Pakistan Elections Results 2018: The voting started at 8 AM local time on more than 85,000 polling stations and ended at 6 PM. The results would be announced within 24 hours.
Cricketer-turned-politician Imran Khan’s Pakistan Tehreek-e-Insaf (PTI) was leading on 73 parliamentary seats today while its main rival Pakistan Muslim League-Nawaz (PML-N) was ahead on 49 seats in the initial round of counting in an election marred by a deadly suicide attack and allegations of manipulations by the powerful military. The Pakistan Peoples Party (PPP) of former president Asif Ali Zardari was leading on 26 seats, a sign indicating that he could play a ‘kingmaker’ in case of a hung parliament, according to media reports. Independents were leading on 23 seats according to trends available for 209 seats out of 272 seats.
The Muttahida Majlis-e-Amal (MMA) – an alliance of traditional religious parties such as Jamaat-e-Islami led by Qazi Hussain Ahmed, Jamiat Ulema-e-Islam-Fazl headed by Maulana Fazlur Rehman, Jamiat Ulema-e-Pakistan led by Maulana Shah Ahmad Noorani and Tehreek-e-Jafaria led by Allama Sajid Naqvi – was leading on 11 seats.
Pakistan’s National Assembly comprises a total of 342 members, of which 272 are directly elected whereas the rest – 60 seats reserved for women and 10 for religious minorities – are selected later through proportional representation among parties with more than five per cent of the vote. A party can only form the government if it manages to clinch 172 seats in total.
PML-N chief Shahbaz Sharif, who is hoping to become the next prime minister, was leading with 4,230 votes in NA-249 (Karachi West-II), according to trends. PPP Chairman Bilawal Bhutto Zardari was leading with 5,218 votes in NA-200 (Larkana I). According to the Election Commission, 3,459 candidates are in the race for 272 general seats of the National Assembly, while 8,396 candidates are running for 577 general seats of the four provincial assemblies – Punjab, Sindh, Balochistan and Khyber-Pakhtunkhwa. More than 30 political parties have fielded their candidates for the elections.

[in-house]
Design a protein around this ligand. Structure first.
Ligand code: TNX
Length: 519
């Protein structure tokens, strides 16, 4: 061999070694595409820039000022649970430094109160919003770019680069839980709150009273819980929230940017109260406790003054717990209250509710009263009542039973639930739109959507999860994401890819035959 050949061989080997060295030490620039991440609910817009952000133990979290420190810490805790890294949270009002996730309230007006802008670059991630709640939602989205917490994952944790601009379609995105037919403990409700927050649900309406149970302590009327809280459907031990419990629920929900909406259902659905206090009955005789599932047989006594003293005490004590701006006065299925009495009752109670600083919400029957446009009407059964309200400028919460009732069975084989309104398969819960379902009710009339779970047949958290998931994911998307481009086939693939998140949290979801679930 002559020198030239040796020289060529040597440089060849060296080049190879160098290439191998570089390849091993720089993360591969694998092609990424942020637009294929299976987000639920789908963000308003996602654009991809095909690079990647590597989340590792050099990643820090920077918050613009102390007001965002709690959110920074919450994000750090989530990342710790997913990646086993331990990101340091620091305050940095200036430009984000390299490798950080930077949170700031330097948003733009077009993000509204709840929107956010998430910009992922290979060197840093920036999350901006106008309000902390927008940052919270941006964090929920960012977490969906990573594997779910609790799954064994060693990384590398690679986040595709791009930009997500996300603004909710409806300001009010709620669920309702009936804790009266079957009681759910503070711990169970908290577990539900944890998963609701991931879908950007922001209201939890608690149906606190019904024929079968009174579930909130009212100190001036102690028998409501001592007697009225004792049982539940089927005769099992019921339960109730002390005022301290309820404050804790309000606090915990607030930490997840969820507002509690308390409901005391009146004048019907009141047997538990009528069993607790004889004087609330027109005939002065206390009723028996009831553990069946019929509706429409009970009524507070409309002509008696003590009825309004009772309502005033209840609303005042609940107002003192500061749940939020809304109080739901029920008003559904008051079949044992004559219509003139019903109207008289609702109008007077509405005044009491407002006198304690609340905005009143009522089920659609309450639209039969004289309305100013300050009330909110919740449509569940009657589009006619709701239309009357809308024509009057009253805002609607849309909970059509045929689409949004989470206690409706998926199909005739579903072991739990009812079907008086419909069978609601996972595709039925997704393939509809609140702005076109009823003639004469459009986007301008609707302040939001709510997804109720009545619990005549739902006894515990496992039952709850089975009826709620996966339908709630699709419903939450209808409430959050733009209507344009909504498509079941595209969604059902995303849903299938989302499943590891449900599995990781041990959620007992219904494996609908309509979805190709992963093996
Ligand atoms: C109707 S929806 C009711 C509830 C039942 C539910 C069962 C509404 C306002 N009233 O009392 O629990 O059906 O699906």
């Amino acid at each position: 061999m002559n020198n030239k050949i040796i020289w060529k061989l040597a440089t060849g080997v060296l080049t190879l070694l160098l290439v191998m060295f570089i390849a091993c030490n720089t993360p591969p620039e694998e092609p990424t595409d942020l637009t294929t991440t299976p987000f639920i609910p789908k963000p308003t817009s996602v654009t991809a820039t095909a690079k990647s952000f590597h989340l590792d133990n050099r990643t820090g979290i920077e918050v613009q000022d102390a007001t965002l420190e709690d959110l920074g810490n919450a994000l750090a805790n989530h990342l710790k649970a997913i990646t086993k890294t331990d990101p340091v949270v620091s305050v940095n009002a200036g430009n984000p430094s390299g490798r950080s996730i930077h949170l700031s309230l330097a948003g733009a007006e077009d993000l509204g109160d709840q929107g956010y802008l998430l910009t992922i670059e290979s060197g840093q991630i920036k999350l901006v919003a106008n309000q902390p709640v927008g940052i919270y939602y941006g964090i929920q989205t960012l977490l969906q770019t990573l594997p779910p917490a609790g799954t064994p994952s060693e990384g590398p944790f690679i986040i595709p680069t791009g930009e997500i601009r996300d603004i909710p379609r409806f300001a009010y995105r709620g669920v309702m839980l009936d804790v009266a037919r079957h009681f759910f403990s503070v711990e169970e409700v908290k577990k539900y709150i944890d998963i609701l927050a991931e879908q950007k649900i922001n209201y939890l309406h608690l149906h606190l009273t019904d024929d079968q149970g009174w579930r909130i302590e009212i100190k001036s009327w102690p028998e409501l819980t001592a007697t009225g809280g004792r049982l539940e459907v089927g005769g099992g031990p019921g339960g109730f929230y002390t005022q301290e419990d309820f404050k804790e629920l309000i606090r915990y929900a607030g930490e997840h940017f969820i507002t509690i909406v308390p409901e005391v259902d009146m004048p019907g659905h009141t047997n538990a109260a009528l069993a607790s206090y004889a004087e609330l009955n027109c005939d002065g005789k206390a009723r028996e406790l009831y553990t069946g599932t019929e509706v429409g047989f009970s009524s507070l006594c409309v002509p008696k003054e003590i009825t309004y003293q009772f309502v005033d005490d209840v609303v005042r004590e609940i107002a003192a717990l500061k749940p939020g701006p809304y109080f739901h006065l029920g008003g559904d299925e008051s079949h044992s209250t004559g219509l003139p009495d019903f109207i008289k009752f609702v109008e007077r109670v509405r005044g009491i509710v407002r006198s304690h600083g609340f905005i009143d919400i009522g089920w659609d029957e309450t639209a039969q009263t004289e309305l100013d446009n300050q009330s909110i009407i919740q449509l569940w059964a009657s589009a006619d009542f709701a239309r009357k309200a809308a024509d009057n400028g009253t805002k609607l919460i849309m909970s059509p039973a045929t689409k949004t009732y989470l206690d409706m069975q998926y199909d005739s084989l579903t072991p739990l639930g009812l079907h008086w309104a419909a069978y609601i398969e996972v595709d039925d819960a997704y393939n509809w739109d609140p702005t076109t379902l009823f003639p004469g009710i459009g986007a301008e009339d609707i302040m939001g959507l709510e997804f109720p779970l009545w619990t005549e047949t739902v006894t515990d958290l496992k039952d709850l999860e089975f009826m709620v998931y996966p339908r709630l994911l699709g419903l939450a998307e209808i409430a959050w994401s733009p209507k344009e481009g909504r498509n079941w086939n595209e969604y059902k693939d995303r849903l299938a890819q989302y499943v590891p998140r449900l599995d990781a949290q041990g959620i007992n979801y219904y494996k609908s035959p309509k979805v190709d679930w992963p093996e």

In Punjab Assembly, PML-N and PTI were in a neck-and-neck fight with both leading on 45 and 32 seats respectively according to trends available for 99 seats out of 297 seats. In Sindh Assembly, PPP was emerging as the single largest party in its traditional bastion. The party was leading on 31 seats according to trends available for 45 seats out of 131 seats.
PTI was leading on five seats while PML-N was ahead on one. In Khyber-Pakhtunkhwa, PTI was leading on seven of 99 assembly seats. Earlier, the voting ended at its scheduled time despite calls by several major parties, including PML-N, PPP and PTI, to extend the polling time by an hour. They had complained of “a slow voting process” and thus sought more time to facilitate voters – a request that was rejected by the Election Commission.
Hours after polling began for the general elections, an Islamic State suicide bomber blew himself up outside a polling station in Bhosa Mandi area of Balochistan’s provincial capital, Quetta, killing 31 people, including policemen. In separate incidents, four persons were killed in poll-related violence. Clashes erupted between rival parties outside several polling stations, reports said.
Nearly 10.6 crore people are registered to vote for members of the lower house of parliament and four provincial assemblies. The election marks the second democratic transition of power in the nation’s 70-year history. While polling stations officially opened for voting at 8 AM, enthusiastic citizens queued up outside their respective stations as early as 7 AM.
For a smooth polling process, the ECP had deployed around 1.6 million staff at polling stations across the country. About 4,49,465 policemen and over 3,70,000 military personnel were deployed for security. A public holiday was declared across the country today in order to facilitate the voting process. The run up to the elections has seen a massive crackdown on the media and allegations that the military has secretly backed the campaign of Khan while targeting his political opponents.
The military has ruled Pakistan through various coups for nearly half of the country’s history since independence in 1947. Even during the civilian rule, the generals have wielded enormous power, setting the agenda for the country’s foreign and security policies. The ECP was also criticised for deploying the Army both inside and outside of polling stations.
Former prime minister Sharif, the supremo of the PML-N who was jailed this month after being convicted in a corruption case, also accused the military of pressuring the judiciary to convict him. Both institutions deny the charge. Controversy has also arisen over allowing militant groups to participate in the elections.
Some of the infamous Pakistani extremist leaders, accused of spreading religious hatred and instigating sectarian violence, are among hundreds of candidates contesting the elections. The leading among them are Mumbai-terror attack mastermind Hafiz Saeed-led banned Jamat-ud Dawa’s candidates who are fighting with an aim to make Pakistan a “citadel of Islam.” His party is leading on one seat. In the run up to the elections, the country also witnessed a series of deadly attacks targeting candidates and campaign rallies, including one that killed 151 people in Balochistan.